It all reminds me of that literary hunter and tracker par excellence: James Fenimore Cooper’s Natty Bumppo. In one of the novels in which he features--The Pioneers, I think--Natty comes upon a clearing in the forest, and surveying a nearby valley finds mingled there “scenes of nature, signs of men”. It’s a resonant and memorable phrase (one of my professors at university used it as the title for an excellent book) in which the ‘sign’ on show provides proof of human settlement and occupation, and hence the ba …

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Amy Jones's Northern Ontario Books List

Book Cover We're All In This Togetehr

Here at 49th Shelf, we're pretty big fans of Amy Jones's debut novel, We're All In This Together. It makes an appearance on our CAN'T FAIL Summer Reading list (in which we declared it "THE book to spend a whole day in a hammock reading while one is mildly hungover"), and don't miss Trevor Corkum's interview with Amy from last month for The Chat

With this list, Amy is determined to set Google straight when it comes to the query of "Books Set in Northern Ontario." And if the list is a sundae, her own book is surely the cherry on top.  

*****

The number one related Google search to “Books Set in Northern Ontario” is “Is Toronto in Northern Ontario?” The answer, of course, is no, but given Northern Ontario’s sheer size, it’s pretty much the only part of Ontario—along with a few other cities we like to refer to up here as “down south”—that isn’t. Equally massive is the number of books set in the region. Here are eight to start with.

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If I Fall, If I Die, by Michael Christie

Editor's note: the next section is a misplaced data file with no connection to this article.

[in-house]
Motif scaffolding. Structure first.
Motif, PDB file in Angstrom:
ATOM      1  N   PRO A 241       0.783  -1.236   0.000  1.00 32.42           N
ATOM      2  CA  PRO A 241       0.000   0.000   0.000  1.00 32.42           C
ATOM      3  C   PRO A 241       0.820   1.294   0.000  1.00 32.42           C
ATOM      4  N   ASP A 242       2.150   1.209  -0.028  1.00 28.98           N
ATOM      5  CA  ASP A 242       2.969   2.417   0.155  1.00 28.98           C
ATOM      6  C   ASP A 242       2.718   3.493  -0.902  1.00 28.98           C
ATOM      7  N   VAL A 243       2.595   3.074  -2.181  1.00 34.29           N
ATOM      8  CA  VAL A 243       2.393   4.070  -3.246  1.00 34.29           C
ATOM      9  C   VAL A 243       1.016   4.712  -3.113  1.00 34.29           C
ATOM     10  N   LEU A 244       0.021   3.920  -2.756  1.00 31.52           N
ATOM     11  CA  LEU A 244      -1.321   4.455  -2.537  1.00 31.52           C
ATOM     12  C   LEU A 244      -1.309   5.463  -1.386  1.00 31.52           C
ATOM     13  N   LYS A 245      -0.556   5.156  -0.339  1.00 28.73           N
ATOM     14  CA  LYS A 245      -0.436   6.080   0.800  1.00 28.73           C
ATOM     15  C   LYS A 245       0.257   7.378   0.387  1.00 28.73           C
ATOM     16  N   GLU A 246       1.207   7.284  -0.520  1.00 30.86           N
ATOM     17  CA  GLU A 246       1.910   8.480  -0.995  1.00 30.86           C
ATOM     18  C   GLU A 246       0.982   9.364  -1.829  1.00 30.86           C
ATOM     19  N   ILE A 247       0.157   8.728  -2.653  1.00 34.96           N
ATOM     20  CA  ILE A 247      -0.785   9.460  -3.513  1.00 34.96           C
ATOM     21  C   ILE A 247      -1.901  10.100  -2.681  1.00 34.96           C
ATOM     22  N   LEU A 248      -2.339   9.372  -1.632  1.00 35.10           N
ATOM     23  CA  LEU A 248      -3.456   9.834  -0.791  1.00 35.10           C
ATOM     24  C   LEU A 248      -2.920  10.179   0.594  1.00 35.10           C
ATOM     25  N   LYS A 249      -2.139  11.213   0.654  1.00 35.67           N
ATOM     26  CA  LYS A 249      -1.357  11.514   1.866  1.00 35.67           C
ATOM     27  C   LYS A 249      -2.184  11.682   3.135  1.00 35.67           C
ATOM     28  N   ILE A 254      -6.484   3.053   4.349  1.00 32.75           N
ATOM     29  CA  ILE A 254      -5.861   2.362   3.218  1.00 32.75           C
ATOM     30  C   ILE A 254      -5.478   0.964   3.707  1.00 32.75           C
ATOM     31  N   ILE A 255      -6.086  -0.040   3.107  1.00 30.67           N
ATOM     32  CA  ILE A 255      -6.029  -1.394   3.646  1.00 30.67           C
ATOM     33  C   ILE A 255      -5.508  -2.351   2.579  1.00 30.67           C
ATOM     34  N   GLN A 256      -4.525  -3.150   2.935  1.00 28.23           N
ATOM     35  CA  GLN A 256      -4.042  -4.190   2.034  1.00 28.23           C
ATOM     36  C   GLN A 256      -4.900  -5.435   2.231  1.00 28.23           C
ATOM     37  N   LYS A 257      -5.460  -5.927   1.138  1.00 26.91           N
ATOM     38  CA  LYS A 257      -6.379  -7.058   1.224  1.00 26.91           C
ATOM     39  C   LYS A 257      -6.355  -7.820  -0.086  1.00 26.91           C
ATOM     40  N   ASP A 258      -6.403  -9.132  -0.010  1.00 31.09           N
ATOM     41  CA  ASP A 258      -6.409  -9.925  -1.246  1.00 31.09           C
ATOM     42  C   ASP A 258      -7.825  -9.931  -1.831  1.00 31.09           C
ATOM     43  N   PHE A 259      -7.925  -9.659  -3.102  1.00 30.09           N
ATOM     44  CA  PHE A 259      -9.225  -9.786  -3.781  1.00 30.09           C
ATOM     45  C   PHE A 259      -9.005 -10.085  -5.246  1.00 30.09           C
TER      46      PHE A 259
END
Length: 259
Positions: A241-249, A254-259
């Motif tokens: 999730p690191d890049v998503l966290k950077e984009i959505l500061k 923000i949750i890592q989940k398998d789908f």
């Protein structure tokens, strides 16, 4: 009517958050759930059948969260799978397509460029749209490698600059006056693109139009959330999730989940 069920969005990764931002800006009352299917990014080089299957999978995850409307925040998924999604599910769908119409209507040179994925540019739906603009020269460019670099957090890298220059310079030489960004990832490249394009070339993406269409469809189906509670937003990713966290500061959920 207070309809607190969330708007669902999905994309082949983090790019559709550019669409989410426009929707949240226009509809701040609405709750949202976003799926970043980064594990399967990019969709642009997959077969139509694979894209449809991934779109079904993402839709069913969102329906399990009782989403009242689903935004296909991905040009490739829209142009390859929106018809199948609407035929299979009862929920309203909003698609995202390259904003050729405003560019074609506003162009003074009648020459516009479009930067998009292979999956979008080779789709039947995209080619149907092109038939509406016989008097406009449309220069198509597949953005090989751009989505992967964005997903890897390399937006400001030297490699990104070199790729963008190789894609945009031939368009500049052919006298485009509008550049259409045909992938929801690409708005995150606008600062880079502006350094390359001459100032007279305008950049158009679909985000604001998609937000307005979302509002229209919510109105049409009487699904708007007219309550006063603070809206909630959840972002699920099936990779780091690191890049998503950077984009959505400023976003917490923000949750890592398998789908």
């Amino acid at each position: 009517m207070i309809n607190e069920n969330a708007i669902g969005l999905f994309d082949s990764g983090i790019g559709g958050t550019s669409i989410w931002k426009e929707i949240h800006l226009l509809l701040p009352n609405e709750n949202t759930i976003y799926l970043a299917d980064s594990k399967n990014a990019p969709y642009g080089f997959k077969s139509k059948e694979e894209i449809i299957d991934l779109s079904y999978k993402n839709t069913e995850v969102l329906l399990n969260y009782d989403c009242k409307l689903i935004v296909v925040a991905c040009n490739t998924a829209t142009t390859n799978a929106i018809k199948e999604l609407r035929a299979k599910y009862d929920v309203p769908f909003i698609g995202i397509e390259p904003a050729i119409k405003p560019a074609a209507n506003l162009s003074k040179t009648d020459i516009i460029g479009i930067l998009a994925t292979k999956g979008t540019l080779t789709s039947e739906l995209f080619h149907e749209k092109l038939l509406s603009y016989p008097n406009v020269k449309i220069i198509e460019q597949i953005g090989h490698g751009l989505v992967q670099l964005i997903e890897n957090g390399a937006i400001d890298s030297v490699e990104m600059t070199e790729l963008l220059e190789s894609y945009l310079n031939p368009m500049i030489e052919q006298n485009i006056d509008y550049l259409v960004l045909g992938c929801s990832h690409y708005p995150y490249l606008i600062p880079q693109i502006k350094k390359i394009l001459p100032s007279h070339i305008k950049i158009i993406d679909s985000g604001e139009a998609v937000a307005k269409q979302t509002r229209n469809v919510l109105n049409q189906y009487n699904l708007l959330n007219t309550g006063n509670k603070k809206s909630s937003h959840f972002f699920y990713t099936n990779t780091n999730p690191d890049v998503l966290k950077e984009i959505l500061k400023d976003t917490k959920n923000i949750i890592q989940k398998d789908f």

Michael Christie’s debut novel about a boy raised by an agor …

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Mary Lawson: A Sense of Place

When my first book, Crow Lake, came out, one reviewer commented that the landscape was so central to the story that it was to all intents and purposes another character. That’s how it felt while I was writing it too. All of my novels—including my latest, A Town Called Solace—are set in Northern Ontario, and the landscape is absolutely fundamental to them.

I don’t know if it’s a Canadian thing, or if people the world over are similarly drawn to the landscape they know well, but it seems to me that the wilder and more inhospitable the terrain, the more it gets its hooks into you. Similarly, when it comes to towns and cities, the more remote and restricting the place, the greater the effect it seems to have—at least, if you’re a writer.  

The books I have chosen below all have a powerful sense of place, either in terms of the landscape or of the community where they are set. In addition to that, they are all terrific reads!

 

I don’t know if it’s a Canadian thing, or if people the world over are similarly drawn to the landscape they know well, but it seems to me that the wilder and more inhospitable the terrain, the more it gets its hooks into you.

Mary Lawson

*****